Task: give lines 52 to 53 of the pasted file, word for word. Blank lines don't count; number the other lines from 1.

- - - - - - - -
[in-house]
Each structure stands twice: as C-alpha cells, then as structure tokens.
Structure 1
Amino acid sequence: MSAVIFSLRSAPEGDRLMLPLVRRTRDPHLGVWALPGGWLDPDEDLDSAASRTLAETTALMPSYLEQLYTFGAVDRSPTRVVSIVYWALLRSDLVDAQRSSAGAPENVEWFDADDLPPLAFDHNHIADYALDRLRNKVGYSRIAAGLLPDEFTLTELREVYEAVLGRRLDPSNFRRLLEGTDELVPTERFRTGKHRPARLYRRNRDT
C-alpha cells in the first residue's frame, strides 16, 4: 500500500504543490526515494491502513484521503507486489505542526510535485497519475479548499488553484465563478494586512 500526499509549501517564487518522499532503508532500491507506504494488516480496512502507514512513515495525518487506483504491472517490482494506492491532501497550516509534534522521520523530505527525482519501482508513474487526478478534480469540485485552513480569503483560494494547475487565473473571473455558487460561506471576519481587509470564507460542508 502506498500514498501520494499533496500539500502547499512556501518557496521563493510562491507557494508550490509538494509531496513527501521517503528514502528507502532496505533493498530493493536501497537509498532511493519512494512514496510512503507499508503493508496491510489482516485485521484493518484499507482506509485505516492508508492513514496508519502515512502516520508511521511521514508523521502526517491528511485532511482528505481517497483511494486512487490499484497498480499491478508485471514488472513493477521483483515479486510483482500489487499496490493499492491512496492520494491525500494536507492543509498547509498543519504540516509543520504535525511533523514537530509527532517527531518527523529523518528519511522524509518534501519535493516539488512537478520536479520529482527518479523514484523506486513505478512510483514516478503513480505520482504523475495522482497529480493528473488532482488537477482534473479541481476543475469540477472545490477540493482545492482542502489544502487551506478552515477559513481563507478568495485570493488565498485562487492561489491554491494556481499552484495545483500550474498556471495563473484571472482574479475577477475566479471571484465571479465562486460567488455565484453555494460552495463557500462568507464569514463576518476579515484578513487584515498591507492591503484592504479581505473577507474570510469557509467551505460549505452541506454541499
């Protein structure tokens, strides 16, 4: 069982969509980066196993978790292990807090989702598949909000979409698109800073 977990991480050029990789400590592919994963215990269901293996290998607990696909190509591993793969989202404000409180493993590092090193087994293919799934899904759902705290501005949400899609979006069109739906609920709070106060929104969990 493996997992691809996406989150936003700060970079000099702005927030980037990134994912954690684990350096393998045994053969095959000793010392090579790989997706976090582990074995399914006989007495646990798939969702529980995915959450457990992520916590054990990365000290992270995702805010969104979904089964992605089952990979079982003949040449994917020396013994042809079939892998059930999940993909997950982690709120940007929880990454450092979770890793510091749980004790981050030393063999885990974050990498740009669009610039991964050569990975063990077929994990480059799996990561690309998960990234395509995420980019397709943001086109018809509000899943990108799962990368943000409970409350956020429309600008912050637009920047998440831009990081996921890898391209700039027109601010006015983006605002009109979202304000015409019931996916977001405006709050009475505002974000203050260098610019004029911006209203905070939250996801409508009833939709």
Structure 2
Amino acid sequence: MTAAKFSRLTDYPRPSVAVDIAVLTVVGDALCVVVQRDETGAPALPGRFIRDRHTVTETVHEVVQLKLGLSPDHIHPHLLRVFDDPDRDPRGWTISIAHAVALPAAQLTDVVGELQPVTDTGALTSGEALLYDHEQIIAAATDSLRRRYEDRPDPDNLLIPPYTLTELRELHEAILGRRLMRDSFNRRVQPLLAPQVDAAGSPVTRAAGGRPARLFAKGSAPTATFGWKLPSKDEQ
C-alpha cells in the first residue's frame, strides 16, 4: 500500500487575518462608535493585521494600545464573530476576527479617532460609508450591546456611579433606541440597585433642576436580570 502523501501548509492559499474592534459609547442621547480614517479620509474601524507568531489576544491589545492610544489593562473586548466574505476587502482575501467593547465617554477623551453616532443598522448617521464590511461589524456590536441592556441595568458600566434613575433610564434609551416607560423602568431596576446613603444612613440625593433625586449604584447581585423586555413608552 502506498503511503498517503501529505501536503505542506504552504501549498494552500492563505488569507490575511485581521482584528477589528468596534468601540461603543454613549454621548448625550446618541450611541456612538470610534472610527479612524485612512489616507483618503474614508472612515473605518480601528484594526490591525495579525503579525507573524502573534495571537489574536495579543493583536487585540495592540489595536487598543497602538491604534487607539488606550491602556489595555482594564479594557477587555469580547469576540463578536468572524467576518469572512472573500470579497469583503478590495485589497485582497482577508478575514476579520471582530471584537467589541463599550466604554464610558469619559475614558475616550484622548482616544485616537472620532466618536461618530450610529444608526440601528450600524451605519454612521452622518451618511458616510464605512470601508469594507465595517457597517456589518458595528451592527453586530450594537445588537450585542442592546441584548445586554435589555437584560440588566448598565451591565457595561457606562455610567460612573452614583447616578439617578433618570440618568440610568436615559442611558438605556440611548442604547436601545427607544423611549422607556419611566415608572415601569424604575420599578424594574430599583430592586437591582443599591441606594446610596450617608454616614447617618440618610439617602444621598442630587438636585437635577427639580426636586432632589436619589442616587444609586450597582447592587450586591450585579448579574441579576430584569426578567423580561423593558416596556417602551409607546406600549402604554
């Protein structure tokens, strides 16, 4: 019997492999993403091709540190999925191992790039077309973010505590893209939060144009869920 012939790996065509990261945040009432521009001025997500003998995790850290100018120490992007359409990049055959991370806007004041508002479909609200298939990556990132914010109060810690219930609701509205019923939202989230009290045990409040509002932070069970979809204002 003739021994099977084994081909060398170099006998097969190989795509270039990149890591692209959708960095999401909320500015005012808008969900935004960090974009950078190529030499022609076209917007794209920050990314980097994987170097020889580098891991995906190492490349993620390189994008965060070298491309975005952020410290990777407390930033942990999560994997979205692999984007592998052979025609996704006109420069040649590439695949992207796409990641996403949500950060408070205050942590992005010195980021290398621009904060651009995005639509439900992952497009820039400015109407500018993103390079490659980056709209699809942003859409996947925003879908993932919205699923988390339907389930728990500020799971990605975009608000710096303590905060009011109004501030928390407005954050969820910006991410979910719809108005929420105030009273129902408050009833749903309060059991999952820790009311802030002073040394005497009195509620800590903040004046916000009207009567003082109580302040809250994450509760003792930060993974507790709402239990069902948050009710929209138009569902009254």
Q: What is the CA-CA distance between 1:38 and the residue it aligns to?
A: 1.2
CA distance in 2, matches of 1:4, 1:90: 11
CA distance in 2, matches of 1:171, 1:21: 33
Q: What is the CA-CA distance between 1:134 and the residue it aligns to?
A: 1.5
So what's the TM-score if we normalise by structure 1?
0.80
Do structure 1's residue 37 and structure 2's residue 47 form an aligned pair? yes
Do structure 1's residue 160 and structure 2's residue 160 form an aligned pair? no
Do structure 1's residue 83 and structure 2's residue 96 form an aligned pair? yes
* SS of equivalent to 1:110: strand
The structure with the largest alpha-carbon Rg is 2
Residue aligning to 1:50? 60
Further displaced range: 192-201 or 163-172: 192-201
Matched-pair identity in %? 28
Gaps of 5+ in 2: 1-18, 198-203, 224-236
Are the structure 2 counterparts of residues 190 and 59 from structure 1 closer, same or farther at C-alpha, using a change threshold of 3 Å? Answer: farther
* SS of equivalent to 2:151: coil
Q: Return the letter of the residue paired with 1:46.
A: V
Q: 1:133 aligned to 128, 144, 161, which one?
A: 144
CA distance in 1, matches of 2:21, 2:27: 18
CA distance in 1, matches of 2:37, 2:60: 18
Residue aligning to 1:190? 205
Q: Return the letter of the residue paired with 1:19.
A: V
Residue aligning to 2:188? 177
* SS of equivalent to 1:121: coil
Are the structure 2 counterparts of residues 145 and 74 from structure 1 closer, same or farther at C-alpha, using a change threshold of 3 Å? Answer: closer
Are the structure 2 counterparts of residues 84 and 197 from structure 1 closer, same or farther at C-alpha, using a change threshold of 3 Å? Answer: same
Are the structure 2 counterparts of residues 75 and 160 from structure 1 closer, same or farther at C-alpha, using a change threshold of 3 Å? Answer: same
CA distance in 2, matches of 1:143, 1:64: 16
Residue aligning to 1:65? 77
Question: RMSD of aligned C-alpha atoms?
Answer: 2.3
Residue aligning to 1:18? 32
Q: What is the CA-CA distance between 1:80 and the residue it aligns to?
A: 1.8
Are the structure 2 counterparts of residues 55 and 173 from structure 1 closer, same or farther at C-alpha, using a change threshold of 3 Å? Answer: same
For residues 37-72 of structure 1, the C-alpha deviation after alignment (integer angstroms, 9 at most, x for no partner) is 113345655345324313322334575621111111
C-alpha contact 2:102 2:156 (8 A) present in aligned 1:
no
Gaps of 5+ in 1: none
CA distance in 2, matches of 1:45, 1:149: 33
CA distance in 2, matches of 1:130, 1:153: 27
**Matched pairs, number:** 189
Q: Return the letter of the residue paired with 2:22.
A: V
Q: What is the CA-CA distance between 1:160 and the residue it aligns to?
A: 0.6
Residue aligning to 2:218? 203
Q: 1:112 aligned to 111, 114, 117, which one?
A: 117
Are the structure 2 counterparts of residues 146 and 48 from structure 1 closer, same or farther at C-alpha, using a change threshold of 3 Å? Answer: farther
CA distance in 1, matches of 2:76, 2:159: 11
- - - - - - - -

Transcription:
For residues 37-72 of structure 1, the C-alpha deviation after alignment (integer angstroms, 9 at most, x for no partner) is 113345655345324313322334575621111111
C-alpha contact 2:102 2:156 (8 A) present in aligned 1: